Talking Book

Journal Entry for A good day’s work

I wanted to create a vivid character with a clearly defined social position vis a vis Chesnutt. The name has a Nabokovian anagrammatic twist, and I wanted to make her a bit nasty, but no less so than some of the second-tier gatekeepers in the l.19thC literary sphere. And I wanted to thematize the question of who owns AAVE in this moment, whether Chesnutt is an authentic, if naive agent of black speech, or an inauthentic agent of it because “Yankee” and/or of limited mental capacity because black, or a merely “mimetic” agent as Sussmann explores in his work.

I drew the quoted passages from a real review from the main Nashville paper of the era. The entire text and cite are below:

THE author of this collection of stories writes very well and makes interesting matter of his tales of negro superstition, astuteness and wit. Nevertheless to a Southern mind there is just the least suspicion of a false note in his delineations of negro character. There seems to be lacking that fullness of understanding which only those born and reared in dominance over this particular people can wholly possess. And while the pictures here given are of interest, and the blending of old-time superstitions of hoodoos and conjure folk with the child-like shrewdness of the darkey in his practical views of life are well-done and readable, yet the study seems to show evidence of a knowledge that is carefully garnered, but not innate as that of the only perfectly satisfactory writers in this line have always been.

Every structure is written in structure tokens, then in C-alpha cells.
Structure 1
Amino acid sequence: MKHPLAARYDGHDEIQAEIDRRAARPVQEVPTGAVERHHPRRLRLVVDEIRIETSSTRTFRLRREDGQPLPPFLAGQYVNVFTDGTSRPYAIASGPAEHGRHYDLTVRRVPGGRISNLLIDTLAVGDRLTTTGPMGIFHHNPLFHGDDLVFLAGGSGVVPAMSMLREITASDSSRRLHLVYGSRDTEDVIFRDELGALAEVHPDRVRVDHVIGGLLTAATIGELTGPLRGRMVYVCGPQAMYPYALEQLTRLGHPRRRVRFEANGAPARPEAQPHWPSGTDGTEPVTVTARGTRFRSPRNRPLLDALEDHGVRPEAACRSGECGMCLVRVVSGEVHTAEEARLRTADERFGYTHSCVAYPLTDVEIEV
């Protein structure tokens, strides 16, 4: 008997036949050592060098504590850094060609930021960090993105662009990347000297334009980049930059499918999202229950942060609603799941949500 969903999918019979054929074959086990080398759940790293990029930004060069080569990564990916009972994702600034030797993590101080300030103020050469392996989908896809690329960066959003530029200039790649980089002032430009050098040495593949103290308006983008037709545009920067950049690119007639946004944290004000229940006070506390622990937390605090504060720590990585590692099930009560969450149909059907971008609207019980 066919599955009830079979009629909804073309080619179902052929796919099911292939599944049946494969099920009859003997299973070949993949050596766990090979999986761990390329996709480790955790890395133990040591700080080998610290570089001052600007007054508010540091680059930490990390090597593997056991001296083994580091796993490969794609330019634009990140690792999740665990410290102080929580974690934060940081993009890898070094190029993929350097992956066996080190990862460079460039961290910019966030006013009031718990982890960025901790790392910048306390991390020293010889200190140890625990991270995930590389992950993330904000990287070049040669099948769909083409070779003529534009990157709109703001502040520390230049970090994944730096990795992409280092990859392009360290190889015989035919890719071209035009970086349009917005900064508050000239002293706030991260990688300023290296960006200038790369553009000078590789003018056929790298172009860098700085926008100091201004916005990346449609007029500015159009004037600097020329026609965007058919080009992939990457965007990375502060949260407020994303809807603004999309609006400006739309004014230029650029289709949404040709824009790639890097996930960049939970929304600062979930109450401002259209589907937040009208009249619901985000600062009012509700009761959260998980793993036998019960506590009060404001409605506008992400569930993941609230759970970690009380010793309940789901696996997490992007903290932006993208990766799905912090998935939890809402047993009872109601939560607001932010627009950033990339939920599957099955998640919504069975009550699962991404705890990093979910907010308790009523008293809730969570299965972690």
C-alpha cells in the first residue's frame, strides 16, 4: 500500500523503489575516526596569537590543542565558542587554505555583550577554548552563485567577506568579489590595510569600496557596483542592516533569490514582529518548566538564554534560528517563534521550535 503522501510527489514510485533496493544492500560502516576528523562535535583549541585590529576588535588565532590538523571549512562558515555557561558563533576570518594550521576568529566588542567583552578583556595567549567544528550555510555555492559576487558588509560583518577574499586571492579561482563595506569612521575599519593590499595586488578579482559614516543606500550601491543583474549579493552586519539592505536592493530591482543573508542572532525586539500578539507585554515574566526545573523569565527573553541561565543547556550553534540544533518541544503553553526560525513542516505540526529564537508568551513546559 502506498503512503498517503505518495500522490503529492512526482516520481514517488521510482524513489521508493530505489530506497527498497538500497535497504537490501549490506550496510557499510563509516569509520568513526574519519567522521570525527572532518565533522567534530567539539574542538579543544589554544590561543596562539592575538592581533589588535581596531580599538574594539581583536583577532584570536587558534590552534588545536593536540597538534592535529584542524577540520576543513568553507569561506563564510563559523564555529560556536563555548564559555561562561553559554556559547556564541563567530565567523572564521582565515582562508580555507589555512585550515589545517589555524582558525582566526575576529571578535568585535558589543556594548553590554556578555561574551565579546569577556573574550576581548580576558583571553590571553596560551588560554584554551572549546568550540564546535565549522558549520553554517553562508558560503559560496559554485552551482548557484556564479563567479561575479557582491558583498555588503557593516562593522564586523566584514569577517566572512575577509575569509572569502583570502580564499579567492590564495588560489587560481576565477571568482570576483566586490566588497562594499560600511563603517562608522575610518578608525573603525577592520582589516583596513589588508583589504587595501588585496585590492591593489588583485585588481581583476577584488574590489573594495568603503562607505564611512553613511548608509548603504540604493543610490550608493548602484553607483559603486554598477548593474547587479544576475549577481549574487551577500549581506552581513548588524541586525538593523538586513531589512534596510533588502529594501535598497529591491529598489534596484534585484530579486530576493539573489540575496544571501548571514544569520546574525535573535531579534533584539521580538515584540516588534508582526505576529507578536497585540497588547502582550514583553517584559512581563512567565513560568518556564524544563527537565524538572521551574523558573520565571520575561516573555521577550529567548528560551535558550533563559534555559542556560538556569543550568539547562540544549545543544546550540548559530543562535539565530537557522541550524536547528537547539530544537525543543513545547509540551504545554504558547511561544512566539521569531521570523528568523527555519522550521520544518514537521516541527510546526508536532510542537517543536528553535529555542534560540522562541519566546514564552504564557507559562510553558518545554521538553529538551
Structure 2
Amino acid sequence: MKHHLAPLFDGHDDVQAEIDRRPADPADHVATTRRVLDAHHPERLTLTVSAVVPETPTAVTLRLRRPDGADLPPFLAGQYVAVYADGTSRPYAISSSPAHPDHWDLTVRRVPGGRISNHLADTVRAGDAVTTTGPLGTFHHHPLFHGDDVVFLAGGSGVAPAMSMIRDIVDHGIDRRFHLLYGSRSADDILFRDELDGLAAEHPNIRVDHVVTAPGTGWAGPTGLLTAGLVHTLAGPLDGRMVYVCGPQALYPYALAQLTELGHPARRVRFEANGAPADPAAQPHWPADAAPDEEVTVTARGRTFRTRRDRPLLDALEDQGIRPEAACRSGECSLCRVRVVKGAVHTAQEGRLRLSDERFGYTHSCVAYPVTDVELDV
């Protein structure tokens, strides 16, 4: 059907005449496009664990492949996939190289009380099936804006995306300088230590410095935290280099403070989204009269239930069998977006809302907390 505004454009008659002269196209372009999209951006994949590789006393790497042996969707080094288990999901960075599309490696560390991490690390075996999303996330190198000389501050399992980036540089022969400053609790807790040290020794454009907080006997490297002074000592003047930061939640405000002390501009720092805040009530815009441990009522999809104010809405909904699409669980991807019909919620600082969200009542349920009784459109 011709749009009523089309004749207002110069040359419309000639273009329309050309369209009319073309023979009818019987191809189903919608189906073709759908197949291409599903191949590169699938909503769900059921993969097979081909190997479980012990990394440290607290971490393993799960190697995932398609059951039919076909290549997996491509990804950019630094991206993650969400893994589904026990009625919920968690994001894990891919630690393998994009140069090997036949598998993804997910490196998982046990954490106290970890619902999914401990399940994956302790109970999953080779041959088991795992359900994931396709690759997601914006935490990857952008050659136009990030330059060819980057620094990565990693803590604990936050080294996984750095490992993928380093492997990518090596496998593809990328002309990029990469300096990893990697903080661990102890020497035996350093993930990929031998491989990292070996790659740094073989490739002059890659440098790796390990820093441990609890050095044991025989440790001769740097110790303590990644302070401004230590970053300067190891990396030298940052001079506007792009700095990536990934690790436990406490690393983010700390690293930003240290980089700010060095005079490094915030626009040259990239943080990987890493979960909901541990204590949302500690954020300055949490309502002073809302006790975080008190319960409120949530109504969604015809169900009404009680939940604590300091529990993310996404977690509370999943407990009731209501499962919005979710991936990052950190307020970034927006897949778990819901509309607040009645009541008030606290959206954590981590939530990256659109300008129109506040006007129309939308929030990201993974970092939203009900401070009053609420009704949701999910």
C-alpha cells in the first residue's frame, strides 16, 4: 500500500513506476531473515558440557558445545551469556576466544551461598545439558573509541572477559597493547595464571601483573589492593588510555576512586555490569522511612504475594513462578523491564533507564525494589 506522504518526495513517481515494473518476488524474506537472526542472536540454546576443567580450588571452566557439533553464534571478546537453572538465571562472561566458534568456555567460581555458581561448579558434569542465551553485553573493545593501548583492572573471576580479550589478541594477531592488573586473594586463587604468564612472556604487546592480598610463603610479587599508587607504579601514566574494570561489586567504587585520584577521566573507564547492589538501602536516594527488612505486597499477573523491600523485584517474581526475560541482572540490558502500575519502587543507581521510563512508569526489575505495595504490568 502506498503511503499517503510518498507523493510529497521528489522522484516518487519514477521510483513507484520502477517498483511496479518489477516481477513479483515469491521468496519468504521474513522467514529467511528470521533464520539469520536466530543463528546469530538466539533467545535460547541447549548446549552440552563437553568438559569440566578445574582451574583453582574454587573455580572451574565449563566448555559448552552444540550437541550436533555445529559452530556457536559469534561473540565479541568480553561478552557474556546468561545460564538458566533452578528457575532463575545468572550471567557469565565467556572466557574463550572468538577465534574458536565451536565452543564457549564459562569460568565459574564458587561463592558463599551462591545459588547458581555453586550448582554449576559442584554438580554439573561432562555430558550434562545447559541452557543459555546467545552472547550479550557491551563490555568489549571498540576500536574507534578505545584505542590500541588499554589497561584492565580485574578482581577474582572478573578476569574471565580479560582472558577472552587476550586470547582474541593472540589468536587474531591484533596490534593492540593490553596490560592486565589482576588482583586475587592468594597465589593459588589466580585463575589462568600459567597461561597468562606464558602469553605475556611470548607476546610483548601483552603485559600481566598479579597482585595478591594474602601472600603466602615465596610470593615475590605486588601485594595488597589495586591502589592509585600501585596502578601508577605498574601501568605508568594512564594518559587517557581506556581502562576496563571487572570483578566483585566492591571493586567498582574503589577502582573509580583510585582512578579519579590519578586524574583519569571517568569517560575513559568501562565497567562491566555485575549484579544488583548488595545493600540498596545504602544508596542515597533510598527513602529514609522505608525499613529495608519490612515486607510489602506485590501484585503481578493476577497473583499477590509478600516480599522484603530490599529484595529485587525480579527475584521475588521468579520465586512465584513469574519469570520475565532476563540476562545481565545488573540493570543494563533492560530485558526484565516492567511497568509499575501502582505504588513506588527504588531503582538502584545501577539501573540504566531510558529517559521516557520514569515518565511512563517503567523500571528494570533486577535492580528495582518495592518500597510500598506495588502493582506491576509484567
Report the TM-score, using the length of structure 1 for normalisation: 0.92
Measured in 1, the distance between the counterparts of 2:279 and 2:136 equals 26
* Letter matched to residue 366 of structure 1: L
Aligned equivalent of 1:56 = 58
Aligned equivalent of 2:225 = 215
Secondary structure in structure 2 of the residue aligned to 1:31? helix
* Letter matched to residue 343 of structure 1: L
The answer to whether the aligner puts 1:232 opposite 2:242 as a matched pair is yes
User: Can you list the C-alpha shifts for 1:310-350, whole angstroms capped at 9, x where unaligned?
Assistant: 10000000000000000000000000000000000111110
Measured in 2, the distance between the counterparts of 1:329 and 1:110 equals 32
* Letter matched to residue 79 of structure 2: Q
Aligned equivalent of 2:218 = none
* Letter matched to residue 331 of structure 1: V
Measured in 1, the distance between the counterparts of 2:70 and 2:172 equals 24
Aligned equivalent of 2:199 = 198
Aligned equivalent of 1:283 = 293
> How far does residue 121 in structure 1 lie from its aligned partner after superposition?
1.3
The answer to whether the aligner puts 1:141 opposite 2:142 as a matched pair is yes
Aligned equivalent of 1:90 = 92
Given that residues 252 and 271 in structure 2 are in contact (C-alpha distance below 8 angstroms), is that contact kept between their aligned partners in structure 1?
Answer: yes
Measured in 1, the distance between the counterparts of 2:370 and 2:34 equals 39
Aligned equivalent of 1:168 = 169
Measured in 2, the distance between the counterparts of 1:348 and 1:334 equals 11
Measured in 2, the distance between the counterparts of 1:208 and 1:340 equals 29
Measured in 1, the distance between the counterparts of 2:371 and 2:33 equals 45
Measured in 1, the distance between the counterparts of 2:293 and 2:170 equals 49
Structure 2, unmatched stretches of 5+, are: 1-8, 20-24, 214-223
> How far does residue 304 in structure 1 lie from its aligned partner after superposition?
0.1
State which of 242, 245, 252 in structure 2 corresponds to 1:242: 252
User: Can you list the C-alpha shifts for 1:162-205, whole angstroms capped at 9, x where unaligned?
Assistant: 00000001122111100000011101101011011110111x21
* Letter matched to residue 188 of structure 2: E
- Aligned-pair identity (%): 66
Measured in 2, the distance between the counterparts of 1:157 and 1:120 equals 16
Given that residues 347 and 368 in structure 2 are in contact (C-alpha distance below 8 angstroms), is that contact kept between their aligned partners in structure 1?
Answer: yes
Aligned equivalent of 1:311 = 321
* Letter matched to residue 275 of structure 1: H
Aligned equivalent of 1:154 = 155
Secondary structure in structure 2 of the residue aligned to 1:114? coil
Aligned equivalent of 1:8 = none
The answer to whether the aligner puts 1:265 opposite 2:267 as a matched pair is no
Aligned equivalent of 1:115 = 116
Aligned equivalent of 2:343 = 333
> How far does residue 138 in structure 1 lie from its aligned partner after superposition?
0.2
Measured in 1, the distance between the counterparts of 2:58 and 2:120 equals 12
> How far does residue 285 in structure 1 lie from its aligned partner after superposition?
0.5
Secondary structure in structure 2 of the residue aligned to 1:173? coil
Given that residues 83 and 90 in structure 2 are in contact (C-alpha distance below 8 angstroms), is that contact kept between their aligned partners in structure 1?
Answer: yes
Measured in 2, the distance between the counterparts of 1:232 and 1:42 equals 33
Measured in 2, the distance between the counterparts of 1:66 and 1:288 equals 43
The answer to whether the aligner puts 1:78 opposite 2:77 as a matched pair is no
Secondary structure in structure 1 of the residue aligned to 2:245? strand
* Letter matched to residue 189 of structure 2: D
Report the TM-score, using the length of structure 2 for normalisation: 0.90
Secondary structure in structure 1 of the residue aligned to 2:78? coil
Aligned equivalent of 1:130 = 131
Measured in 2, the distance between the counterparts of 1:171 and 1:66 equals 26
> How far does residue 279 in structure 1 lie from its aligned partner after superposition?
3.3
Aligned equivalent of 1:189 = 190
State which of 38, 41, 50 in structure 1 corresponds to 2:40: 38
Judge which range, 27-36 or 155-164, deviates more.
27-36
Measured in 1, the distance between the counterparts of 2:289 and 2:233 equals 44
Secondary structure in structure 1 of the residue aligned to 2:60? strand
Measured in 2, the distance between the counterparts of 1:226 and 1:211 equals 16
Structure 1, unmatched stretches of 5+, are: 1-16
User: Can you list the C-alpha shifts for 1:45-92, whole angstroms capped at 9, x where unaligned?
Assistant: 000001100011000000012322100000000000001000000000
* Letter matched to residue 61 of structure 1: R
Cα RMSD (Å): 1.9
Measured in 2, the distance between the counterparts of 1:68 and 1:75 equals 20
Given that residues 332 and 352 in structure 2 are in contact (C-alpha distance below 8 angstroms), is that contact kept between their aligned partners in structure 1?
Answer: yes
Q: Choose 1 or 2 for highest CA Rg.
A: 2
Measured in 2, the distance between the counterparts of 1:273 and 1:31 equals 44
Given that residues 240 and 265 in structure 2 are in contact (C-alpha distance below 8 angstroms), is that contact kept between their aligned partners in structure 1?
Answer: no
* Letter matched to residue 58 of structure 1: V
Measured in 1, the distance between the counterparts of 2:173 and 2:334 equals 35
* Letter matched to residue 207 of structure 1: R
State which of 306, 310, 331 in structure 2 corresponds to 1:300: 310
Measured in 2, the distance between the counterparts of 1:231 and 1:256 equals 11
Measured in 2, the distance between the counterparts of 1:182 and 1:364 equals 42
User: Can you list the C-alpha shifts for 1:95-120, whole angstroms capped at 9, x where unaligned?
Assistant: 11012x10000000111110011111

Anon. “The Conjure Woman.” The Nashville American. (Apr. 23, 1899): 18.

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